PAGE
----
One night, Harry’s bed grows feet and takes him out for a walk in the city. He meets a boy called Luke, riding on an elephant. Together the pair have wild and wierd adventures.

Harry likes being friends with Luke, but maybe Luke needs more than a friend – perhaps what he needs is a family, especially now that his Auntie Kate has flown off to live in the outback.

Can Harry and his family make evryone’s dreams come true?

Harry and Luke is a fun novel for 7 to 9 year old children. Part of the new Hotshots series from Hodder, this simple fantasy is suitable for kids making the transition into novel format books.

Glynn Parry is better known for his young adult novels, including Scooterboy and Monster Man. He lives in Western Australia with his wife and three children.

Harry and Luke, by Glynn Parry
Hodder Headline Australia, 2002

Space Camp, by Brigid Lowry and Sam Field

It is the year 2373 and a group of gifted students are travelling from Earth to a space camp on the planet Phoenixia. The trip is meant to be focussed on learning, but for the students it is also a chance for something different and maybe even some adventure. None of them forsee just how much adventure is awaiting them.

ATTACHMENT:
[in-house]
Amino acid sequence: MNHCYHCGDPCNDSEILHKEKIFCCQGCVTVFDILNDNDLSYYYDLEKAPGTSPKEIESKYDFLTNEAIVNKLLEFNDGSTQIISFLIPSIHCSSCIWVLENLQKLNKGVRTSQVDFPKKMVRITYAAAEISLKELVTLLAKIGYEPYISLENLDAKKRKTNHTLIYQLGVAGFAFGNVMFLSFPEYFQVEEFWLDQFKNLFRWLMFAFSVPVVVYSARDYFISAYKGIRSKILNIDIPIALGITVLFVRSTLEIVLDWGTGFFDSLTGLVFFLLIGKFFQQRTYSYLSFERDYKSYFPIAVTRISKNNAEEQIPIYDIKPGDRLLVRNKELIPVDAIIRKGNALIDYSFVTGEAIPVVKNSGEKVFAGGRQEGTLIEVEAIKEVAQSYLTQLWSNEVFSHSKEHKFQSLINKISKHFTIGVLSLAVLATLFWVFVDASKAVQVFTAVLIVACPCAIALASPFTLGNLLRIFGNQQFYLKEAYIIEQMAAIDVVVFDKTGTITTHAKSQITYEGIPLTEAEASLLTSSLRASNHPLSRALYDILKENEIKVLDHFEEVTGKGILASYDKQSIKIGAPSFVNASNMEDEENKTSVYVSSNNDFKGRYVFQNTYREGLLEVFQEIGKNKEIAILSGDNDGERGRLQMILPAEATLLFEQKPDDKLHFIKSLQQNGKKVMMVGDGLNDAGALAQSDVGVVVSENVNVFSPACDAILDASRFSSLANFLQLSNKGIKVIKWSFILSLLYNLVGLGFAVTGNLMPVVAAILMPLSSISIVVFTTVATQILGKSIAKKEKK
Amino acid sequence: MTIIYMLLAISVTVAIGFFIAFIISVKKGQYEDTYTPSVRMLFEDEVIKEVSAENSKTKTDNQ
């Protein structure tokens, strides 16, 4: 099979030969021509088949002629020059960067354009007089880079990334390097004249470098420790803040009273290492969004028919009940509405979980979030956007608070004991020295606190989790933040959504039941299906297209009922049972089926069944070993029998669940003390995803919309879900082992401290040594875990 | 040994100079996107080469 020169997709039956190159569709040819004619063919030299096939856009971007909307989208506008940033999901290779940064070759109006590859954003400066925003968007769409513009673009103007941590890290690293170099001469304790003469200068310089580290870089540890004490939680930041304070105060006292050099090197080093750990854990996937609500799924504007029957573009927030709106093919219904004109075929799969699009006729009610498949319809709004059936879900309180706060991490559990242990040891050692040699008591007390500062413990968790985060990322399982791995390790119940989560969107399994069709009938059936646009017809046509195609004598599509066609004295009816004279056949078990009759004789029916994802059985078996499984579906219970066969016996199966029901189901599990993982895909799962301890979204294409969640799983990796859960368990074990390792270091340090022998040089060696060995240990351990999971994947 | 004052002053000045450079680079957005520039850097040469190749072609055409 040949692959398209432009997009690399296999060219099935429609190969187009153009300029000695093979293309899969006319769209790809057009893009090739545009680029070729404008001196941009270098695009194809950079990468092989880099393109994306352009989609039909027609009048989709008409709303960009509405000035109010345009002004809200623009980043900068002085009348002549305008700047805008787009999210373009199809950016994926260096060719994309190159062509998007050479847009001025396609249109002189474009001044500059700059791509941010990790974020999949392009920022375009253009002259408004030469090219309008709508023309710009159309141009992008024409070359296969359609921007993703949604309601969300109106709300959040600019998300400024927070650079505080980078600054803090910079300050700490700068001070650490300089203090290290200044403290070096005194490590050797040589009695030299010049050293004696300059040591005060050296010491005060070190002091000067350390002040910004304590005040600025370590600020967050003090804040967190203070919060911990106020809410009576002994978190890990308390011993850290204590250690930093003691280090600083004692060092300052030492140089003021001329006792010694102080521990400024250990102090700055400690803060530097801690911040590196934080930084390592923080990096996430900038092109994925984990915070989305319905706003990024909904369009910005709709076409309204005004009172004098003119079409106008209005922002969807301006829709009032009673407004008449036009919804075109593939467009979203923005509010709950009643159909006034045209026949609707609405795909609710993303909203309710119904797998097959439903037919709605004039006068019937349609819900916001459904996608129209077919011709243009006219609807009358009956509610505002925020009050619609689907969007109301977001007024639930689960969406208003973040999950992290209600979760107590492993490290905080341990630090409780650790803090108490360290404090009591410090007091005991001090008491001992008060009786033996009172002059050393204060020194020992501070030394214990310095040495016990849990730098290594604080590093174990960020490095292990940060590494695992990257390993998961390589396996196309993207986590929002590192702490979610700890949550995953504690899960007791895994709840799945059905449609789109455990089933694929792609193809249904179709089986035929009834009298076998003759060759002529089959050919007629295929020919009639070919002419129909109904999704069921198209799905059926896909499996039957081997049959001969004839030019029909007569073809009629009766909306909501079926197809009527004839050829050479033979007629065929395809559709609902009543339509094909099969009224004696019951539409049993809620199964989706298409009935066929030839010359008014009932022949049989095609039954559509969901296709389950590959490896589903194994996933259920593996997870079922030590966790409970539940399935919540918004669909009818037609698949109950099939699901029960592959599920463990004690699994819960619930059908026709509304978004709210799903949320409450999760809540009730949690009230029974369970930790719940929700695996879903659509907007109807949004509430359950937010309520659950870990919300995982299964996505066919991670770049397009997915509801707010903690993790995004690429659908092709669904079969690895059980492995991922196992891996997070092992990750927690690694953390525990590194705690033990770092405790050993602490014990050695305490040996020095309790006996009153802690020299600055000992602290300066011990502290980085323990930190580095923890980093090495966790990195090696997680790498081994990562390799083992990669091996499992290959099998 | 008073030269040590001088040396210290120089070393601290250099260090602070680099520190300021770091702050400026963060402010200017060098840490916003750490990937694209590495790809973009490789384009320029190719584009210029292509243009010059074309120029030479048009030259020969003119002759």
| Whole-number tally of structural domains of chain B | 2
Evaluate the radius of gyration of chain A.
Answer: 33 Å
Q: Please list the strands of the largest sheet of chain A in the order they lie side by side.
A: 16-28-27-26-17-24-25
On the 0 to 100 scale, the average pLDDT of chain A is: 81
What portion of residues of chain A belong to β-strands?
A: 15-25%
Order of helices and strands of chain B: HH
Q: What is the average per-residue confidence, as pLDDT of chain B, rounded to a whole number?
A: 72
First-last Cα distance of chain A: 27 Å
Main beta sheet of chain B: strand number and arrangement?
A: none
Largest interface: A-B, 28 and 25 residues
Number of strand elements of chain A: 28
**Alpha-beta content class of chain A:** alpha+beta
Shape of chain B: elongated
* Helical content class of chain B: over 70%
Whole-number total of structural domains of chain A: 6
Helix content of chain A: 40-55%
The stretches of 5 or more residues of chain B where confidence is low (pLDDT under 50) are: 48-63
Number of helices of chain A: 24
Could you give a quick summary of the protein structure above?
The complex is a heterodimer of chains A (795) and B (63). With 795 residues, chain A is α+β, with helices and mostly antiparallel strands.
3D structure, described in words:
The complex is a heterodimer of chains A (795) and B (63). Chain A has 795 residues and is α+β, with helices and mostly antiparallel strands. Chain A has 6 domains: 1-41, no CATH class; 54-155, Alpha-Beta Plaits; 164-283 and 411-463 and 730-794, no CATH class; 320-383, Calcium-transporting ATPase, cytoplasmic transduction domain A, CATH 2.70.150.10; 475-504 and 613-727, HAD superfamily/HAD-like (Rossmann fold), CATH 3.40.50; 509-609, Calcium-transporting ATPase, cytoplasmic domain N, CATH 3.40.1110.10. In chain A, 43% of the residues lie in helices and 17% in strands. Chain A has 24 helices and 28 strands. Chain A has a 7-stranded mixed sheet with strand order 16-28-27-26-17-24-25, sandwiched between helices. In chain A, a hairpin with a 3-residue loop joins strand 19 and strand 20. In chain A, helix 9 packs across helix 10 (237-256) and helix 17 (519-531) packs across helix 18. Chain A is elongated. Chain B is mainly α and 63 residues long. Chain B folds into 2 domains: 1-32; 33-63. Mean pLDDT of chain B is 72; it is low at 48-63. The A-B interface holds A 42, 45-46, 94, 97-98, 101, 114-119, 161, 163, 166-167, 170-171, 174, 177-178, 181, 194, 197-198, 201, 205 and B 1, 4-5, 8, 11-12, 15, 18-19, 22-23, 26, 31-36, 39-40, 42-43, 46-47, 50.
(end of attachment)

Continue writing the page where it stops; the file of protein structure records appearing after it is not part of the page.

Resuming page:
On the surface, Phoenixia is a beautiful, peaceful planet. Unfortunately for the visiting teens, that is about to change. Phoenixia is rich in resources, it seems, resources that others are prepared to go any length to harness. The students must work together to overcome those who would destroy Phoenixia and all on its surface.

Space Camp is an action-packed, fun read with themes including self-discovery and conservation. It will appeal to readers aged 11 to 14, especially those with an interest in light science fiction.

Brigid Lowry and Sam Field are a mother-son team. This is their first collaboration.

Space Camp, by Brigid Lowry and Sam Field
Allen and Unwin, 2002

Little Monster, by Allan Baillie

When Drew unwittingly becomes the owner of a monster visible to nobody but himself, the possibilities excite him. He’ll have lots of fun playing tricks on everyone – his parents, his teachers, his friends – and especially his enemies.

The fun, however, doesn’t last long, and Drew finds he is really the owner of a pet nightmare. The monster, Queeg, gets into all kinds of mischief, and because he is invisible, Drew takes the blame. Surely there is some way he can get rid of the monster. He just has to figure out what it is.

Little Monster is a clever story that will have eight to ten year old readers laughing along. Allan Baillie is one of Australia’s top children’s writers. His other titles include Rebel, Adrift and Little Brother.